Abstinence Only Education

Decent Essays
It only takes a glance at a tv, a billboard, or a magazine to observe a recurring theme: sex sells. In our increasingly hypersexual nation, sex may sell, but it is certainly not taught. This is prevalent in the fact that US has both the highest amount of teenage pregnancies and sexually transmitted diseases than any other first world country (Malone and Rodriguez 2). Because of this, there is now a greater concern in both how sexual education is being distributed and taught in the United States, and how that has lead to these issues. For a portion of our history, not only was abstinence-only education heavily encouraged by society, it was also heavily funded by the government. In recent years, this extra funding has ceased to exist, allowing…show more content…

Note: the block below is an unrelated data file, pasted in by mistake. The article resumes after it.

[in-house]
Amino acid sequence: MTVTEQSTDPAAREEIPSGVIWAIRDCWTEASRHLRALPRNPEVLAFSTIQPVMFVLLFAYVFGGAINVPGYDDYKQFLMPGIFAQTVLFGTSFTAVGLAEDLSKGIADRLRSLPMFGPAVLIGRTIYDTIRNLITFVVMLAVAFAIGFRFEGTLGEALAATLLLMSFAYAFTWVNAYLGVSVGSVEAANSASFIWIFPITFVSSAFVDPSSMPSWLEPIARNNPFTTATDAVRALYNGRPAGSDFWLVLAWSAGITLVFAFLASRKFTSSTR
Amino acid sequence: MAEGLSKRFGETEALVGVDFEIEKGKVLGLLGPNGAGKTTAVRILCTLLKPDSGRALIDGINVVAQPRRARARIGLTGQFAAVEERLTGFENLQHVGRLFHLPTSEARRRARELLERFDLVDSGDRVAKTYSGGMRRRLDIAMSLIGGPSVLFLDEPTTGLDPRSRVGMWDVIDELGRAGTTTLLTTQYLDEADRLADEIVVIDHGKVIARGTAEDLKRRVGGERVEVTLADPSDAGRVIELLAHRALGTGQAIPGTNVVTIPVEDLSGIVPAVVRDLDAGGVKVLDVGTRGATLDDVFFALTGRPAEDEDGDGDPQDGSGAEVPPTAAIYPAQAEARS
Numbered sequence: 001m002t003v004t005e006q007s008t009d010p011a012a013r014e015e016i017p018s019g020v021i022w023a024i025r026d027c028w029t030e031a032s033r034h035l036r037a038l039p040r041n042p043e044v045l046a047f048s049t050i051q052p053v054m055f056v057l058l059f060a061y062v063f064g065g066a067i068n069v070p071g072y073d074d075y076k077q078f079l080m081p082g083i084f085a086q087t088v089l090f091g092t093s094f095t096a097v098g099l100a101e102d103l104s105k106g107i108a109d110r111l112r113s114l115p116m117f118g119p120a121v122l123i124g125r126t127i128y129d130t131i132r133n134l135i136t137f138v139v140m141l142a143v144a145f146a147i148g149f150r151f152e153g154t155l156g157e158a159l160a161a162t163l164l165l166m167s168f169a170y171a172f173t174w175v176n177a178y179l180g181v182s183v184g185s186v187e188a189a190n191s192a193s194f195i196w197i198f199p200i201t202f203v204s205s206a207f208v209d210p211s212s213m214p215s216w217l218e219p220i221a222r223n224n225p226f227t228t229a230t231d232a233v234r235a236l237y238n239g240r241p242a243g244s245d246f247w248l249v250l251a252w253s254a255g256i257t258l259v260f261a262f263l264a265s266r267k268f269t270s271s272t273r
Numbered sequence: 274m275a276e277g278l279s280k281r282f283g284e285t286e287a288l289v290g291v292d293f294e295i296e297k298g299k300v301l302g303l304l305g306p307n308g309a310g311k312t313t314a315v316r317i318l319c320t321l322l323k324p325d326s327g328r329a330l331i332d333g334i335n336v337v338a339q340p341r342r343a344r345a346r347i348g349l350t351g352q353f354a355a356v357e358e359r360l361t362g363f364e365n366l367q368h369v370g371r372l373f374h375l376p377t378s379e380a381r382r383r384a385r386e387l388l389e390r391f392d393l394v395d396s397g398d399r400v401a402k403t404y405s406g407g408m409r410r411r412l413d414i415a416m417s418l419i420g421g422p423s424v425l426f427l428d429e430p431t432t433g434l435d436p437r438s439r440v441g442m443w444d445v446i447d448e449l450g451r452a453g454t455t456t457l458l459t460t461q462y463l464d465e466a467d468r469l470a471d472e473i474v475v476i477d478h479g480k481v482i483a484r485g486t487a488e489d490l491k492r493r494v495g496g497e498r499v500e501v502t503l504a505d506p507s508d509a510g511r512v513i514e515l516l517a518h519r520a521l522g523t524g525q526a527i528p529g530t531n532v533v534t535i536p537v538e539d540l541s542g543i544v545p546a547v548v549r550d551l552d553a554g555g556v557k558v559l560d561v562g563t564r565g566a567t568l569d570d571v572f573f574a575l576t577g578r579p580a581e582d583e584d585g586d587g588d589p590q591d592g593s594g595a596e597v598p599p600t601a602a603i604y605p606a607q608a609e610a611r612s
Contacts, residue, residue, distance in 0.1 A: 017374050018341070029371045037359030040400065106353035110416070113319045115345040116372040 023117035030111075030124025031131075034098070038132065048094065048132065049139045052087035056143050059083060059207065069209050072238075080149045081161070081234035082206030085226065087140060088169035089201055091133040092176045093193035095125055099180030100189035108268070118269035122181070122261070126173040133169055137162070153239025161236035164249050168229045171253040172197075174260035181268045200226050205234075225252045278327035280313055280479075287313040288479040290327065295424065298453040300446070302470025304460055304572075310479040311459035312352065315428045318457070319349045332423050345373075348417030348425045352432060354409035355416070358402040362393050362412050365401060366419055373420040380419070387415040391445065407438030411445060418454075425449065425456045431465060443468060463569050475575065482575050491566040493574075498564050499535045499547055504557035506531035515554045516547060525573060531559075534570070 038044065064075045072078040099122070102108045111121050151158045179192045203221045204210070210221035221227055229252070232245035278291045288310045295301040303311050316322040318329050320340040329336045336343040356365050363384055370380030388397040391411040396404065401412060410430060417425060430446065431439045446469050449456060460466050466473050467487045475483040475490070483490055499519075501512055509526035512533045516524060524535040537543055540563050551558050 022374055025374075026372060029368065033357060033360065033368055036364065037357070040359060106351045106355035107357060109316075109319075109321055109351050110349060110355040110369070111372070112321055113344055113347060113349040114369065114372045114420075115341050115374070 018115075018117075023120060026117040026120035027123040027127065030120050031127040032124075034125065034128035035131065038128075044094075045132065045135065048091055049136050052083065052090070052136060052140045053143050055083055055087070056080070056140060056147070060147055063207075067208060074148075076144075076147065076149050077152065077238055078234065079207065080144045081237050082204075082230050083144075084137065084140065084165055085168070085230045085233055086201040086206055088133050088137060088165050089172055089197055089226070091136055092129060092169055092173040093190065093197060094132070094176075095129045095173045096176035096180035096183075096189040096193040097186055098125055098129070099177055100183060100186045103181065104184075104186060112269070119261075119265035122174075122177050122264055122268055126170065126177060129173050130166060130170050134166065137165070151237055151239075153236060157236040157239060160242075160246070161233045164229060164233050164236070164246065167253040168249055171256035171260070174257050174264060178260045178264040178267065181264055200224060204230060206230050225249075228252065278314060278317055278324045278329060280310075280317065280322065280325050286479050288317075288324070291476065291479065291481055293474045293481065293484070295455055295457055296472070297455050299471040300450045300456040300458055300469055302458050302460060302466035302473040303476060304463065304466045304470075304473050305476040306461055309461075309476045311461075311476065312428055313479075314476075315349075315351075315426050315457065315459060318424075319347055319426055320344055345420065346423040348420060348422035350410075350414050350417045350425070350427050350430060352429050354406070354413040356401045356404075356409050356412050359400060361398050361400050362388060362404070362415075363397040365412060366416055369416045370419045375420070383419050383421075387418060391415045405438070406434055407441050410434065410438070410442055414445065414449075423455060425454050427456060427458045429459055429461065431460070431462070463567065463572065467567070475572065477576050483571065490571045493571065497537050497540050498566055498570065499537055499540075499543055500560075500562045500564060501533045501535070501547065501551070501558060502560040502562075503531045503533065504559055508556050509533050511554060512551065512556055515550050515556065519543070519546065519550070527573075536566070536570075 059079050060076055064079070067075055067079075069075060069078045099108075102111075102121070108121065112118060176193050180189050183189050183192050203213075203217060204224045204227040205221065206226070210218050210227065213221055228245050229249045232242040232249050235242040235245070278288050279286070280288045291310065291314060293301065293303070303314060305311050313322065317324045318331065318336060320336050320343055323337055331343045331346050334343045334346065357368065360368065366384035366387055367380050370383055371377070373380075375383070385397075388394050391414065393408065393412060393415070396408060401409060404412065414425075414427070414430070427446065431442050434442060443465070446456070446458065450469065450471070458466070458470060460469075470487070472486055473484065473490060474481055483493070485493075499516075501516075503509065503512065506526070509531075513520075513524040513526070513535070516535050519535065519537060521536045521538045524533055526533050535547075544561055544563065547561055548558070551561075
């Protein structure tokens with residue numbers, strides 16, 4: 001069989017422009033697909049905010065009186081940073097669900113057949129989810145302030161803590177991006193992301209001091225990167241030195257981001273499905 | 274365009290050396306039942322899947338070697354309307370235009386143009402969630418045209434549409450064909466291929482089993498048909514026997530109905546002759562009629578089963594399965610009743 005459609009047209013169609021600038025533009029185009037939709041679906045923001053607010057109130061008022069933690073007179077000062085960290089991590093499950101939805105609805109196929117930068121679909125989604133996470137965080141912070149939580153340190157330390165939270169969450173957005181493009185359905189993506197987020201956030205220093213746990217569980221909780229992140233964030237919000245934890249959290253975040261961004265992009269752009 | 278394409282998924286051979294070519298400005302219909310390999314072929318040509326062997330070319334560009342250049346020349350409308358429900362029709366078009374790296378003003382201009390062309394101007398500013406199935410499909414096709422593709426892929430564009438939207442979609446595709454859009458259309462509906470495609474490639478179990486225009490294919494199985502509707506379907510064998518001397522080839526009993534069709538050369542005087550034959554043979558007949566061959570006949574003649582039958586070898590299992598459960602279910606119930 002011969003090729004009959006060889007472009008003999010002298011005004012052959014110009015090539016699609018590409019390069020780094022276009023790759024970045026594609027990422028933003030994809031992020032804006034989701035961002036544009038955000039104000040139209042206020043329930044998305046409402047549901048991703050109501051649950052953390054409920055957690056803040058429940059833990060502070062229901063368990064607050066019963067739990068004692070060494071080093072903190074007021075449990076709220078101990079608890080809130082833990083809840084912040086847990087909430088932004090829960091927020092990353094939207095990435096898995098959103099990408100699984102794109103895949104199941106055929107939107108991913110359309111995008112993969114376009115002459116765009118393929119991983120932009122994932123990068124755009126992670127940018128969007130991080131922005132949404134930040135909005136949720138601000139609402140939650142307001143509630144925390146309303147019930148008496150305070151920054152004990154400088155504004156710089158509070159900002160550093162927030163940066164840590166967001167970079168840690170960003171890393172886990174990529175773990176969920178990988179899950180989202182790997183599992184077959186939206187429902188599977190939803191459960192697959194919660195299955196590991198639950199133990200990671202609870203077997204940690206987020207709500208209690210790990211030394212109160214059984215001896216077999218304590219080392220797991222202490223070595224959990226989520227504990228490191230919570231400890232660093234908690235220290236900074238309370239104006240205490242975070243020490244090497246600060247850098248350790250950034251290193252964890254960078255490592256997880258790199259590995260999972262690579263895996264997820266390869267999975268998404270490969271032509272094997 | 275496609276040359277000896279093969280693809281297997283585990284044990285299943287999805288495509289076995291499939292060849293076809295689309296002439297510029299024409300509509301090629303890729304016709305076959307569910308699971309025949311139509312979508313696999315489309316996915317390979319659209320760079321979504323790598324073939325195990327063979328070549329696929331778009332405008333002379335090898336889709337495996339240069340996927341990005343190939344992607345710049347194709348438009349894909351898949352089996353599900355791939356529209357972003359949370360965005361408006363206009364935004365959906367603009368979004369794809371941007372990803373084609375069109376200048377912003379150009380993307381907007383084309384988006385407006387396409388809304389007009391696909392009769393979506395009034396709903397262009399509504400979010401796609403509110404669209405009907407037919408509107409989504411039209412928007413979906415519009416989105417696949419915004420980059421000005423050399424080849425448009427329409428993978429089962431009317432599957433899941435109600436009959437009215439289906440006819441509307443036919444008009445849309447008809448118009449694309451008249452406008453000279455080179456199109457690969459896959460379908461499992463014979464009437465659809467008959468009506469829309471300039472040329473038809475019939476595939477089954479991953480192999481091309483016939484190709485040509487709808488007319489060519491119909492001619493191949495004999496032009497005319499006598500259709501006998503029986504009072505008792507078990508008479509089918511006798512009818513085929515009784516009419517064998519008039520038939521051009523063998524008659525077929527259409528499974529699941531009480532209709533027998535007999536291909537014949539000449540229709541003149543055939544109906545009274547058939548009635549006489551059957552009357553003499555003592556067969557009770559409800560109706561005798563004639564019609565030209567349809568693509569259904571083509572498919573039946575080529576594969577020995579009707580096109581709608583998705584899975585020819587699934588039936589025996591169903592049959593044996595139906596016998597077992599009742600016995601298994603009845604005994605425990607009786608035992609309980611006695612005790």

The fact that the United States does not actually require mandatory sex education is of utmost concern, seeing that places where sex education is not taught at all also experience the highest birthrates. In addition to places where sex education is not taught at all, areas in which abstinence-only education were taught also faced higher birthrates (Stanger-Hall and Hall 6). While abstinence only programs have shown no real statistical evidence of success, comprehensive sex education programs have, by combining the positives of both abstinence and information on how to engage in safe sex (Starkman and Rajani 314). In comprehensive sex education, students are taught not only how to use contraceptives properly, but also how to obtain them, as well as other aspects of practicing safe sex. Encouragingly, comprehensive sex education has shown a forty percent success rate in all of the following, “delaying the initiation of sex, reducing the number of sexual partners, and increasing contraceptive use.” Even more impressively, there was sixty-seven percent rate in these areas individually (Malone and Rodriguez 1). Teaching that abstinence is the only option, and providing no alternatives, leaves many teens vulnerable to engaging in unsafe sex out of pure incompetence (Starkman and Rajani 314). Despite many concerns, comprehensive sex education does not make a teenager more likely to be sexually active, and is surprisingly supported by the majority
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